Pygmy glider

Acrobates pygmaeus

TAXONOMY

Acrobates pygmaeus (Shaw, 1793), Sydney, Australia. OTHER COMMON NAMES

English: Feathertail glider, pygmy gliding possum, pygmy phalanger, flying mouse; French: L'acrobat pygmée; German: Zwerggleitbeutler; Spanish: Acróbata pigmeo.

PHYSICAL CHARACTERISTICS

Head and body length 2.5-3 in (6.5-8 cm); tail 2.5-3 in (6.5-8 cm) long; soft gray fur, white on underside, dark eyerings and variable body markings; loose skin along flanks forms gliding membrane when limbs are spread wide.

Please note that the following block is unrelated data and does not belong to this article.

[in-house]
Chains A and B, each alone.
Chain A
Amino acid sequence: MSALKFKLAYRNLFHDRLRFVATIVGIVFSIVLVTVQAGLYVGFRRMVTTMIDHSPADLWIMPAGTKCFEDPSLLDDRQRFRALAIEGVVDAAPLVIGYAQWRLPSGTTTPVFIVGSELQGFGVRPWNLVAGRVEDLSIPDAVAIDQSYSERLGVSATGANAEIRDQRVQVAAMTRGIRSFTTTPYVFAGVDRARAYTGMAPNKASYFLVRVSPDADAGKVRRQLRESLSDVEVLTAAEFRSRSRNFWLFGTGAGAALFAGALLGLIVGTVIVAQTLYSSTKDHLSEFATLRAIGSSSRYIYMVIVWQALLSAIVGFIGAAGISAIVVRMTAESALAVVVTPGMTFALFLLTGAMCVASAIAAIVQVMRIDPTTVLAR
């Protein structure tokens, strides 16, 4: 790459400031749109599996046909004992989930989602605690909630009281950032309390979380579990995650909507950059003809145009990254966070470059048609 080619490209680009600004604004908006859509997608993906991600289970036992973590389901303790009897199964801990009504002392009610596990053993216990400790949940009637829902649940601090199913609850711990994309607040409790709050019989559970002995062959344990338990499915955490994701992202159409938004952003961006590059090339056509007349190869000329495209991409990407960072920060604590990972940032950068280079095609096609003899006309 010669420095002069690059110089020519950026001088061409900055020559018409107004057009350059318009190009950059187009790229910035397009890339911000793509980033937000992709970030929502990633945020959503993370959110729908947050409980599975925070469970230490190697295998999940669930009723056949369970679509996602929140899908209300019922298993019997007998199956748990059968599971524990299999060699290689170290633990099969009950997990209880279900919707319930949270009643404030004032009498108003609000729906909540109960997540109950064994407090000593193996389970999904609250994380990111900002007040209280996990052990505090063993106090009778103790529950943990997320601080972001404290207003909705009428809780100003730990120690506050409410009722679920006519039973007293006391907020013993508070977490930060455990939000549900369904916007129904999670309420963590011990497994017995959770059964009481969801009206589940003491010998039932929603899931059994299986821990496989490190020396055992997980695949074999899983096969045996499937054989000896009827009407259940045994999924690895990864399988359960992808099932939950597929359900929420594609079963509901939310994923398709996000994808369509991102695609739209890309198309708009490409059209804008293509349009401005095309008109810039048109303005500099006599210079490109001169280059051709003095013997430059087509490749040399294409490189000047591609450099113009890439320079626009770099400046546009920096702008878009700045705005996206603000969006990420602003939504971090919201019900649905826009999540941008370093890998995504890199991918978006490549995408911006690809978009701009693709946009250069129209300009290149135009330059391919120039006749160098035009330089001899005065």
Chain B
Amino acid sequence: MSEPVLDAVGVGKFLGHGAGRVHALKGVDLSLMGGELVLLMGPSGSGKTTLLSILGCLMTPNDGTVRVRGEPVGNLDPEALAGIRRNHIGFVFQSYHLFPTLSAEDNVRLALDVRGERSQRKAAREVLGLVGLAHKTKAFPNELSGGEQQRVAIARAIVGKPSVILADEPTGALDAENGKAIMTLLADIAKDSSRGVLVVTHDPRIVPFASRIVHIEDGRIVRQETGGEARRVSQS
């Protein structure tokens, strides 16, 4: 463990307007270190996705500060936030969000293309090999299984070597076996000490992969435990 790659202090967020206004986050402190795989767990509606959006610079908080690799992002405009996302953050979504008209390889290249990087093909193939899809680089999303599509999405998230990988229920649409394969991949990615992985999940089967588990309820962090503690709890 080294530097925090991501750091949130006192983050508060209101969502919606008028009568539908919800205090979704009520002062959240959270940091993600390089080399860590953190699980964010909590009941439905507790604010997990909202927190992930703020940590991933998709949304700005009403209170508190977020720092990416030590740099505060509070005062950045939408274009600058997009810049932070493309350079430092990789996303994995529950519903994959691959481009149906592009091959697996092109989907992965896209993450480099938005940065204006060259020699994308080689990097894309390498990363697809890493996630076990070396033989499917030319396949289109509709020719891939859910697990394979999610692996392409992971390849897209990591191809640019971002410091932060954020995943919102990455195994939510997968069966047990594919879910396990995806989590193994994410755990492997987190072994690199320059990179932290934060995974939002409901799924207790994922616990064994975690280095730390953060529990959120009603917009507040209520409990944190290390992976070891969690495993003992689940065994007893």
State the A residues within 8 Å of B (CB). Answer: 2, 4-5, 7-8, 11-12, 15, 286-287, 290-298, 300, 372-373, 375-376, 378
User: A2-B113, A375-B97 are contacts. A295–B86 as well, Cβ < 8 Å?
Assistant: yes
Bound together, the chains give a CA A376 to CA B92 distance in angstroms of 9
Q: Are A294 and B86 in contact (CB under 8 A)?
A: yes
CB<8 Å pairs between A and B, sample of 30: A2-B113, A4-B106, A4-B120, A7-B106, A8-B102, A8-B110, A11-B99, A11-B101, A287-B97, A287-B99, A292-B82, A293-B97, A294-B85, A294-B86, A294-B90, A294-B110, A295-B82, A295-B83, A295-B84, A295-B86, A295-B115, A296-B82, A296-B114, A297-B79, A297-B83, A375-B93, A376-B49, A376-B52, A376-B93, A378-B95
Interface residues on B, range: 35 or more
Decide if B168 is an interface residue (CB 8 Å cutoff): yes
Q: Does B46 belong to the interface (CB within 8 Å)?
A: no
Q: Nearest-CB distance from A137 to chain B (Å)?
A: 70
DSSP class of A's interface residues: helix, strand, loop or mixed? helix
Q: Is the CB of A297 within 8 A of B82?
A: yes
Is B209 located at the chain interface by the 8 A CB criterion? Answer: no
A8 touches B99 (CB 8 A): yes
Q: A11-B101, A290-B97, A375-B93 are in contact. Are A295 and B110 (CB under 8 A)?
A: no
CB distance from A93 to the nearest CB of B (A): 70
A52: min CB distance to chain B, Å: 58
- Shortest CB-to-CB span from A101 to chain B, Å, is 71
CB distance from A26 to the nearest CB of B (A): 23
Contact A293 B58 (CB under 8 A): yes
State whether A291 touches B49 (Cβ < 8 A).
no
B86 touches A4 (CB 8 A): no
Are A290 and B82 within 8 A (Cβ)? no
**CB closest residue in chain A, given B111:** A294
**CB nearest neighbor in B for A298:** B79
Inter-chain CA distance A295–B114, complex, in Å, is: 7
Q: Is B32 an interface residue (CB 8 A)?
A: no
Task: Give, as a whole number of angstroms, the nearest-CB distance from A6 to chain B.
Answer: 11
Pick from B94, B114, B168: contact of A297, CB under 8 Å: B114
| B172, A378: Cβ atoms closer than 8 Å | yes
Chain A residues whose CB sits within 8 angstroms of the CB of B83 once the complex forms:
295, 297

DISTRIBUTION

Eastern Australia.

HABITAT

Eucalyptus forest and woodland.

BEHAVIOR

Nocturnal, arboreal, highly social, glides between trees.

FEEDING ECOLOGY AND DIET Insects and nectar.

REPRODUCTIVE BIOLOGY

Probably polygynous. Litters of three to four young born at any time of year; spend 65 days in the pouch, then suckled in the nest for another month.

CONSERVATION STATUS

Not threatened, and presumed secure.

SIGNIFICANCE TO HUMANS None known. ♦

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